[10 on Tuesday] 10 Tips for Finding Clues to Your Home’s History

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Once you've decided whether to restore or rehabilitate your home, the fun really begins, since it involves playing detective. There are clues all around to what your house may once have looked like; you just need to know where to look.

We covered the go-to-the-library angle before in our 10 Ways to Research Your Home’s History toolkit (http://blog.preservationnation.org/2012/07/31/10-on-tuesday-10-ways-to-research-your-homes-history/#.UZamJ7WR-Li), so today we’ll look more closely at what your house and its immediate surroundings might be trying to tell you.

http://blog.PreservationNation.org

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[10 on Tuesday] 10 Tips for Finding Clues to Your Home’s History

  1. Photo courtesy Big Dave Diode, Flickr10 Tips for Finding Clues to YourHome’s History
  2. Is the outside of the house all one architectural style, or are there acouple of different styles visible? More than one architectural stylemay signal a later addition to the original structure.1. Inspect the exterior.Photo courtesy wallyg, Flickr
  3. If the inside of the house has a section in adifferent architectural style and the outside doesnot, that suggests a major remodeling in onearea, but perhaps not an addition.2. Match up the interior tothe exterior.Photo courtesy robholland, Flickr
  4. Are the exterior walls all made of the samething? Or are they different? Anydifferences -- even subtle ones like largeror smaller clapboards -- could indicate anaddition to the house.Tip: This might not apply if you bought aQueen Anne-style house, as they areknown for incorporating many differentmaterials.3. Know your materials.Photo courtesy smilla4, Flickr
  5. Is the layout of the house consistent with its style? For example,if your Georgian house -- which should have a symmetrical floorplan -- is asymmetrical, that would imply a significant alteration.4. Examine the floor plan.Photo courtesy Will Scullin, Flickr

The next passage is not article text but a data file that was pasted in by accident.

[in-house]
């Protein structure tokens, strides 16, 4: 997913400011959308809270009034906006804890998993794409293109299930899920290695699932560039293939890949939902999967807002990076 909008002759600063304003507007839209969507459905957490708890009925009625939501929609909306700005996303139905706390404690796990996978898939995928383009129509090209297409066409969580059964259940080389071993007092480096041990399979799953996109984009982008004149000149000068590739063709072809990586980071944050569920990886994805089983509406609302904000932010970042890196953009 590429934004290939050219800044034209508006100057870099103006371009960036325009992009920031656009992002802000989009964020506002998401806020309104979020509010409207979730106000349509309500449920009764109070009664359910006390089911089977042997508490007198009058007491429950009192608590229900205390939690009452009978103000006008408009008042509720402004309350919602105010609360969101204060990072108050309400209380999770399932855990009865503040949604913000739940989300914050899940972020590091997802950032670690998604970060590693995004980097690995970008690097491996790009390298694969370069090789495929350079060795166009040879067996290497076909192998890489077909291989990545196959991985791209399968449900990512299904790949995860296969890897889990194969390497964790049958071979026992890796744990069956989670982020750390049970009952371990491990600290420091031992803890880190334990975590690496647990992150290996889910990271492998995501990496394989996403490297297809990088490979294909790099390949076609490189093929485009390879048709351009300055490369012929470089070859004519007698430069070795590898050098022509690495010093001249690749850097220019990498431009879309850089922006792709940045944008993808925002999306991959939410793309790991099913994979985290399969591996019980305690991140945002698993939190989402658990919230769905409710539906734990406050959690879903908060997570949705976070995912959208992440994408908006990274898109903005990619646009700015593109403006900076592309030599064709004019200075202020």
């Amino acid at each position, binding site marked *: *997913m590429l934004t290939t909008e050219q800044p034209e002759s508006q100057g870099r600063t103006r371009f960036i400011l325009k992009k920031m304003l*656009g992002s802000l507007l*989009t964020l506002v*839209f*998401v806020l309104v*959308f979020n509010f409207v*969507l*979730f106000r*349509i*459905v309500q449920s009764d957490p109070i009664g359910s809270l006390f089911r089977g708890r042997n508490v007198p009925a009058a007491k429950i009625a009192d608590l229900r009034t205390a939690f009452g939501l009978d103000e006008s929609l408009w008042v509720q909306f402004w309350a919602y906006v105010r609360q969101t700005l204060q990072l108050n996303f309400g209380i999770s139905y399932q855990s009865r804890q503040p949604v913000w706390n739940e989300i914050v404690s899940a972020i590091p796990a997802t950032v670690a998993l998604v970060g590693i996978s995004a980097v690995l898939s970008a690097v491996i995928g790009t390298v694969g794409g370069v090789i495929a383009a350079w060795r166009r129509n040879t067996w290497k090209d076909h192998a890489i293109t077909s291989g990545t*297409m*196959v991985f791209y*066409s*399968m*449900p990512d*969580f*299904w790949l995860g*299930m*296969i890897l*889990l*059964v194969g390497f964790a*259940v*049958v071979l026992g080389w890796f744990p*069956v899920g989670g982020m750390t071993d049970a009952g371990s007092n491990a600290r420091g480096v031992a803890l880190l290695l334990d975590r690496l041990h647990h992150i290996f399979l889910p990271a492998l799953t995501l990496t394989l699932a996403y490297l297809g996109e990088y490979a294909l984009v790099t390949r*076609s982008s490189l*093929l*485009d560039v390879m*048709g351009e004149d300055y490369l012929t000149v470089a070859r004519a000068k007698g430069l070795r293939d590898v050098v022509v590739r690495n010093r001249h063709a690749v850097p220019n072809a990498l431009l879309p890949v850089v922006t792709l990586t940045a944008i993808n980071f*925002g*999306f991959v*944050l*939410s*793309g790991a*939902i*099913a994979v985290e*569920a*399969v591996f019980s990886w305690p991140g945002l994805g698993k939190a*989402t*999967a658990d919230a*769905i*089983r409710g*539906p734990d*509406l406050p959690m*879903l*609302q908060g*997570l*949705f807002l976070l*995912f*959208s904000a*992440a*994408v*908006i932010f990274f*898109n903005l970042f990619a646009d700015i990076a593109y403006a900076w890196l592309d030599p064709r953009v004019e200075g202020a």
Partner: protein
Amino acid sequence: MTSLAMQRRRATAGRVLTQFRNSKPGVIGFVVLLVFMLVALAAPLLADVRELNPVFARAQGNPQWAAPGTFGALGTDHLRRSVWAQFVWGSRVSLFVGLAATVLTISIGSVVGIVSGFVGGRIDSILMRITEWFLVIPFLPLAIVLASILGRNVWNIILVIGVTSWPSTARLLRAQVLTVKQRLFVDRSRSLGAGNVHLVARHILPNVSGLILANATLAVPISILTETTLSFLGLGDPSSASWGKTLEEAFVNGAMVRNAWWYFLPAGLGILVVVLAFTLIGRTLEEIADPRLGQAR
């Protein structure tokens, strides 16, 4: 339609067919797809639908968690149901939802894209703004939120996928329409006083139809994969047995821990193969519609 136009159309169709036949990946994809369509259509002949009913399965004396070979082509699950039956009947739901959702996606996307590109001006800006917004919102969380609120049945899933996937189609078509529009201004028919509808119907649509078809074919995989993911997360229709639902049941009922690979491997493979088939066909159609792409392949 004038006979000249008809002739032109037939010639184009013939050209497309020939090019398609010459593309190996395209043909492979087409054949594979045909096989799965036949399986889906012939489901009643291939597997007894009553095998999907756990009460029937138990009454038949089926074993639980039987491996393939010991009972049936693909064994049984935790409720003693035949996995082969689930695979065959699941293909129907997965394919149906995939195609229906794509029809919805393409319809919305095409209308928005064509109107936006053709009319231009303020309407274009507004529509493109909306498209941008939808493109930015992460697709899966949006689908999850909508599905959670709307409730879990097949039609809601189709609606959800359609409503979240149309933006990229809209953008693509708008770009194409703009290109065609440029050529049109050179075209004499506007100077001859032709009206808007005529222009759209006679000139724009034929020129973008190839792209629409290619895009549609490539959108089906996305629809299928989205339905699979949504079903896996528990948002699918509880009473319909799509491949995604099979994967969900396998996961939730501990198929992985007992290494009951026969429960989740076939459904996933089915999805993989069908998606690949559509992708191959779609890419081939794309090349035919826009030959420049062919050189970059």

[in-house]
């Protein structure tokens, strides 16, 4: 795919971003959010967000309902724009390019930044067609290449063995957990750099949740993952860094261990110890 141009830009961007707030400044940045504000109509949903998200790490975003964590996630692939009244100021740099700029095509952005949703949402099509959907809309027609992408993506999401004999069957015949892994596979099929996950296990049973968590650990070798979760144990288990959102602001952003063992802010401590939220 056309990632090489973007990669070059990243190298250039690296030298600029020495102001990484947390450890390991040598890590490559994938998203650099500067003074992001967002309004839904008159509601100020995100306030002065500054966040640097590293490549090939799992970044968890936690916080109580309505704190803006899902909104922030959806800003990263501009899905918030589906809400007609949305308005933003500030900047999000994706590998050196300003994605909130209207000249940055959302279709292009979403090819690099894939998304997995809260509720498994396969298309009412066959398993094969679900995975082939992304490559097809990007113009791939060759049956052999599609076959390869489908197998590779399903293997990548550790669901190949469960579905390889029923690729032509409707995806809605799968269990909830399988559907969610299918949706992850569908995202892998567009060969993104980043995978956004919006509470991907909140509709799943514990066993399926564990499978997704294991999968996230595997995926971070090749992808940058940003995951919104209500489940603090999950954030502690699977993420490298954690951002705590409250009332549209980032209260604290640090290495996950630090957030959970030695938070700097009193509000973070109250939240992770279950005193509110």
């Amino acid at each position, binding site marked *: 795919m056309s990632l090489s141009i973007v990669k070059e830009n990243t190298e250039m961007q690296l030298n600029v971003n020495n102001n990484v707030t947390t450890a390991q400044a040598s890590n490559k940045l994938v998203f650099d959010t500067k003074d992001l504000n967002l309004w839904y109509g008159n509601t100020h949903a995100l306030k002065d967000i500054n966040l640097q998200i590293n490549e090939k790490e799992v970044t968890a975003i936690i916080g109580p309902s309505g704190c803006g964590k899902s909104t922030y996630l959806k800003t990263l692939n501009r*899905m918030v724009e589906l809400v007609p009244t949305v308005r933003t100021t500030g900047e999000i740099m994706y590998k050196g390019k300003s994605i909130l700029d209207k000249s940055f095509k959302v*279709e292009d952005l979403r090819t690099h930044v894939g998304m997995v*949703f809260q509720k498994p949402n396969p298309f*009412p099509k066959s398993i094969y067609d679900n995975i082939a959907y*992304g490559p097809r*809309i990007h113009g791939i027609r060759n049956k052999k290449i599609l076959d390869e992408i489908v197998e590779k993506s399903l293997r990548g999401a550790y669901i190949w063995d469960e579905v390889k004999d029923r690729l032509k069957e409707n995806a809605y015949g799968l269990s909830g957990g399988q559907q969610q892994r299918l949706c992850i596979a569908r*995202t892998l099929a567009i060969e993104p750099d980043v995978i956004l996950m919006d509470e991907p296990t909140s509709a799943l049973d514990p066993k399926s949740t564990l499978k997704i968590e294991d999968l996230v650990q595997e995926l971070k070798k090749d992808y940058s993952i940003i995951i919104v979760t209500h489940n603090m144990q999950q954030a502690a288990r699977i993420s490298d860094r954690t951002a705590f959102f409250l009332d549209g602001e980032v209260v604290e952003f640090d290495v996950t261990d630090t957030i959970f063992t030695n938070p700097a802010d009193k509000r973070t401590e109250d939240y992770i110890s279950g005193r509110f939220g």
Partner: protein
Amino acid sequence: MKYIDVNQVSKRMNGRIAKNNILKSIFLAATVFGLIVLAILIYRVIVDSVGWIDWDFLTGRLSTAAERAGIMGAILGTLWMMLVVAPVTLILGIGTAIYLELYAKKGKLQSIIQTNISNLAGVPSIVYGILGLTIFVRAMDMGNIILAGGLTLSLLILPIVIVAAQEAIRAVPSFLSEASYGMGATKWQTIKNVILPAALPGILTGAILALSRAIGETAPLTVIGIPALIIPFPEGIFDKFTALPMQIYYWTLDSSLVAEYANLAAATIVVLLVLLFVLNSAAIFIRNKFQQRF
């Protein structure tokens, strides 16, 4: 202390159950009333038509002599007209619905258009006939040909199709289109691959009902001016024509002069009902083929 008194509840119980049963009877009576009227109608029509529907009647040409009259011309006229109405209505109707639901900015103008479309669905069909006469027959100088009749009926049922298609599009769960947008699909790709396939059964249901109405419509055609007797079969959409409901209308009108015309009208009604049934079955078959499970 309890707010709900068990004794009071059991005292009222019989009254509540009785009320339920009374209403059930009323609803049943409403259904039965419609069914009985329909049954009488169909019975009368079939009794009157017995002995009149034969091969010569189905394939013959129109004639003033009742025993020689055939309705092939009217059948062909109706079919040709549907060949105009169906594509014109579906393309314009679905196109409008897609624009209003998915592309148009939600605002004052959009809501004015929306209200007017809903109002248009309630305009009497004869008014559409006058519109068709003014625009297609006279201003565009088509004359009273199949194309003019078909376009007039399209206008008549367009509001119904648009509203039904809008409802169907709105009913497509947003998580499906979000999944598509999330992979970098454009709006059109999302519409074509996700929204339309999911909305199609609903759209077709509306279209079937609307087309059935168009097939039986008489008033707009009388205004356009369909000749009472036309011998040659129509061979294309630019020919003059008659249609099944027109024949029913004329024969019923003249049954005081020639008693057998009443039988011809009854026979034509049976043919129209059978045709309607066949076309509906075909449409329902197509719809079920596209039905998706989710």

6. Are the walls uniform, or are there thinner orthicker areas that could show a door or windowhas been filled in? What about the floors? Dothe boards all run the same direction within aroom? Are they the same size throughout?Inconsistent walls and/or floors can hint at anearlier design.5. Check out the walls andflooring.Photo courtesy rduta, Flickr
  7. Are there changes in ceiling height? This could demonstrate severaldifferent things: that a wall has been removed, an addition built, ormechanical systems added.6. Look up.Photo courtesy Steve Snodgrass, Flickr
  8. Clues about old paint colors and/orwallpaper are often lurking behindmolding and switch plates, which cansuggest both the earlier look of a roomand what its original use was.7. Peek behind moldingand switch plates.Photo courtesy dianecordell, Flickr
  9. A change in baseboard trim, window/door frame styles, orother altered embellishments can lead you to either anaddition or a thorough remodeling.8. Investigate interior trim.Photo courtesy Steve Snodgrass, Flickr
  10. Or, more specifically, on their property. Are theirwalls and fences identical to yours? This couldreveal that a larger property -- perhaps yours, ifyour house is the oldest -- was sub-divided fordevelopment.9. Spy on your neighbors.Photo courtesy thelehegarets, Flickr
  11. Are there changes in grass color,depressions in the ground, or othermarkers indicating a lost wing of thehouse or an outbuilding? Is thereany abandoned, overgrown, orclearly removed foliage? This couldhelp you locate a garden or orchard.10. Scour your yard forclues.Photo courtesy Wouter Kiel, Flickr
  12. Ten on Tuesday features ten preservationtips each week. For more tips, visitblog.PreservationNation.org.
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